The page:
The average spending rate for the 2022 fiscal year stood at 4.17%, a decrease from 4.79% the previous year, according to a study from the National Association of College and University Business Officers and financial services organization TIAA. But the study noted that total endowment withdrawals increased.
IHEP’s president and CEO, Mamie Voight, told Marketplace over email: “Colleges with large endowments should use the funds to reduce the high cost of college on the front-end, especially for students from low-income backgrounds, so they do not leave college with high debt loads.”
“All colleges, whether private or public, should implement policies that 1) are need-based and, thus, equity-centered; and 2) recognize that the cost to attend college is far more than simply the cost of tuition,” Voight continued.
Some higher education finance experts, however, note that there may be obstacles when it comes to endowment spending. On its website, Harvard says that its endowment consists of more than 14,000 individual funds, but the majority are restricted.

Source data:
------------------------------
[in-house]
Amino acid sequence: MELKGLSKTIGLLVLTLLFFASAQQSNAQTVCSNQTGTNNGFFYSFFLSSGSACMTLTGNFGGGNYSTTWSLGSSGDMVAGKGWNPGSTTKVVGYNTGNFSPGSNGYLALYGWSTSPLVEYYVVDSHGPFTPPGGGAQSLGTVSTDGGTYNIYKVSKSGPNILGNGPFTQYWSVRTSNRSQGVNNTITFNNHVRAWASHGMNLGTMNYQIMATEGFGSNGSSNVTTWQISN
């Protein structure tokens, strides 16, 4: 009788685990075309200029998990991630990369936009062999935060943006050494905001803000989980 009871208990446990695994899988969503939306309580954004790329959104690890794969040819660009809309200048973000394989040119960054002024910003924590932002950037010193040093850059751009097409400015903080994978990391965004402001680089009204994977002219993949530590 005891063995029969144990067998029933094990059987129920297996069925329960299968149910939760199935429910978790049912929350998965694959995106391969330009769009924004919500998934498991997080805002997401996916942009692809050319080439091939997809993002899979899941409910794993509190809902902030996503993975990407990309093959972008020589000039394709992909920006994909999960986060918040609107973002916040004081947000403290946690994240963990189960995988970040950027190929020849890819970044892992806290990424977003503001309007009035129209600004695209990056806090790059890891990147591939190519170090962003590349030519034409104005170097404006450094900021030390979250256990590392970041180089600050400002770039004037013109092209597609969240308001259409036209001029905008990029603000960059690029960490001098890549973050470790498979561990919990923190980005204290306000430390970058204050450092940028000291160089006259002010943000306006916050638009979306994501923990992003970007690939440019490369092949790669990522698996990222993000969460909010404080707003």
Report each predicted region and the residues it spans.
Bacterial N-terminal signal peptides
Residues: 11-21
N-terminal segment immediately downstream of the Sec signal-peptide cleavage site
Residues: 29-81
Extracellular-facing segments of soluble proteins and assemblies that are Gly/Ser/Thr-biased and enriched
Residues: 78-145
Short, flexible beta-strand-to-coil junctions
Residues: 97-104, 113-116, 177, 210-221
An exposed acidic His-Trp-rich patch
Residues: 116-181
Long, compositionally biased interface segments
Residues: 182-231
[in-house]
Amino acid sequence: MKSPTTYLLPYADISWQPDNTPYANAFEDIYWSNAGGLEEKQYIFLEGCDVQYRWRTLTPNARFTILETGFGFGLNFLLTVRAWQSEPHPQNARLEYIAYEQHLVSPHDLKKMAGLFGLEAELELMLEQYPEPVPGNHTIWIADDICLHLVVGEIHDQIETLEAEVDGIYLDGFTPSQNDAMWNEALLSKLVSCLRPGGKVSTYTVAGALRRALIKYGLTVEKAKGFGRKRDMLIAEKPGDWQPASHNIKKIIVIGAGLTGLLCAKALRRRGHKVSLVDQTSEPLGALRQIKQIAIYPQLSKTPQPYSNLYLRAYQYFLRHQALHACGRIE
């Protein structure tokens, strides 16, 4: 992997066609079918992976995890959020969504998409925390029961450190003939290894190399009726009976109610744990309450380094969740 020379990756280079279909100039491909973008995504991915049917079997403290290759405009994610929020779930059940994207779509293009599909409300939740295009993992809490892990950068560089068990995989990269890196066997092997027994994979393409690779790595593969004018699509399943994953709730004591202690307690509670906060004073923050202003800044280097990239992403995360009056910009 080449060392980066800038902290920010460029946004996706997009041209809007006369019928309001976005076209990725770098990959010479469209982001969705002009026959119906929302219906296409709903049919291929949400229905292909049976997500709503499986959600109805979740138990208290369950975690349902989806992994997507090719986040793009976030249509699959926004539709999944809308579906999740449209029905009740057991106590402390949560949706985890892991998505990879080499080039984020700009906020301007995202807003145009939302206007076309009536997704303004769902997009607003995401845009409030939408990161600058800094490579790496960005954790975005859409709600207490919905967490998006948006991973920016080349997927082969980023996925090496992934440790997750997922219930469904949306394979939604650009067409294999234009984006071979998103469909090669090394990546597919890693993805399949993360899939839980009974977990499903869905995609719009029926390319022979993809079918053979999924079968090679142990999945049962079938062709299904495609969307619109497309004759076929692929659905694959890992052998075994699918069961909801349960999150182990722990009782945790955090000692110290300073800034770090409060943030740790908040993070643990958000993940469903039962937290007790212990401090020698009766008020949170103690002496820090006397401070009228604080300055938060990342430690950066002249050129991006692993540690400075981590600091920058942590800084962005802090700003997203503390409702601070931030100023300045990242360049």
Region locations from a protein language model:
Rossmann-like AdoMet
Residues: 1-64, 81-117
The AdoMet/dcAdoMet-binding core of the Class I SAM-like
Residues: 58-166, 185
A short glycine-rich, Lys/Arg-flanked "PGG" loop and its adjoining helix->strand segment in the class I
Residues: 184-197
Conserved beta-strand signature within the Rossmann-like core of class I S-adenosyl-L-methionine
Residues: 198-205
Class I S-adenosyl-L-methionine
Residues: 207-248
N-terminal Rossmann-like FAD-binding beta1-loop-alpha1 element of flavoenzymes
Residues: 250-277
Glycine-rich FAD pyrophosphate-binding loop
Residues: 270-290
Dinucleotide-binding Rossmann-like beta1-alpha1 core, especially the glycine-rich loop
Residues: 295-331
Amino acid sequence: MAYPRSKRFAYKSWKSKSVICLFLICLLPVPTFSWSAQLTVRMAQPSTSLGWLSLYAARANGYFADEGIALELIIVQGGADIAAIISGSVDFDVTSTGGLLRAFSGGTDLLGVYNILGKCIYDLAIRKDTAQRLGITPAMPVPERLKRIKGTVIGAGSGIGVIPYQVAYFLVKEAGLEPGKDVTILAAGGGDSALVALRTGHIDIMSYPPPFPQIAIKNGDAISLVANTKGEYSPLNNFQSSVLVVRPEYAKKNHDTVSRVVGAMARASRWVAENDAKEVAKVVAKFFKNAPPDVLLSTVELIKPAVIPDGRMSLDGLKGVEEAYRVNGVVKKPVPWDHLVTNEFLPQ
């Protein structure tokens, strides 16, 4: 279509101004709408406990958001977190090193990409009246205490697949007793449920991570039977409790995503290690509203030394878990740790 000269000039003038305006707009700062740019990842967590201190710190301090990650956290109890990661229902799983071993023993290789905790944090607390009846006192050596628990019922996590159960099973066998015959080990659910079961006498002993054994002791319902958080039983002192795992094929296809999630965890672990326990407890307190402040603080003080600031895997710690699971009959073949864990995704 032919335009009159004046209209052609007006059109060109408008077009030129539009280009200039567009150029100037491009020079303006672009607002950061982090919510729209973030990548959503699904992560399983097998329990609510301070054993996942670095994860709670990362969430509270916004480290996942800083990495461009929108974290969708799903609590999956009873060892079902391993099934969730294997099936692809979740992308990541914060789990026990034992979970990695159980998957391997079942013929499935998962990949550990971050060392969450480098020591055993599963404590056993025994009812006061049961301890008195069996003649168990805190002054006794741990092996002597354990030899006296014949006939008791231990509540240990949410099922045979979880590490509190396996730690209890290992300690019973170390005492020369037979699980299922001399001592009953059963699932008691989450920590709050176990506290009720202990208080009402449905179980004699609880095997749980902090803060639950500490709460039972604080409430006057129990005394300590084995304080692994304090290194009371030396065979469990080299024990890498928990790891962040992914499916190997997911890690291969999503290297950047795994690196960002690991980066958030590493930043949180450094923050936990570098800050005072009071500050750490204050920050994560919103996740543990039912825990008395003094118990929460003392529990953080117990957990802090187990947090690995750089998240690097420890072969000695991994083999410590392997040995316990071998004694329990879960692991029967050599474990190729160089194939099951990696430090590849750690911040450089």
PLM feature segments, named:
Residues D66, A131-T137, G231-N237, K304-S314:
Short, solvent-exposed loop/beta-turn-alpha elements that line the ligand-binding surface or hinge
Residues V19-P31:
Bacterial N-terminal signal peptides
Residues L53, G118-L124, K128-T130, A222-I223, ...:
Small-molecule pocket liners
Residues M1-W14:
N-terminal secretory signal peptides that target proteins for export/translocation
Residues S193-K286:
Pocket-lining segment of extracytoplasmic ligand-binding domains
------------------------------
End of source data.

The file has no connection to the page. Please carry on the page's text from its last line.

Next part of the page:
Higher education expert Mark Kantrowitz says a donor might have entered into a legal agreement with the college specifying that their donation should be used for specific purposes, with that money having to go toward student aid, faculty salaries and buildings and equipment.
Some have very specific stipulations attached, with Kantrowitz pointing out that some colleges have gone to court to make the requirements more lenient.
For example, the University of California received endowment money in the late 1970s for the Malcom R. Stacey Memorial Scholarship Fund, which is supposed to help undergraduate Jewish students who are orphans and “preparing for graduate study in aeronautical engineering.” Lawyers had to get court approval that would expand the eligibility requirements, although students who meet the original requirements are still given first priority.
Sometimes no students satisfy a scholarship’s requirements, Kantrowitz noted, which means the money keeps growing.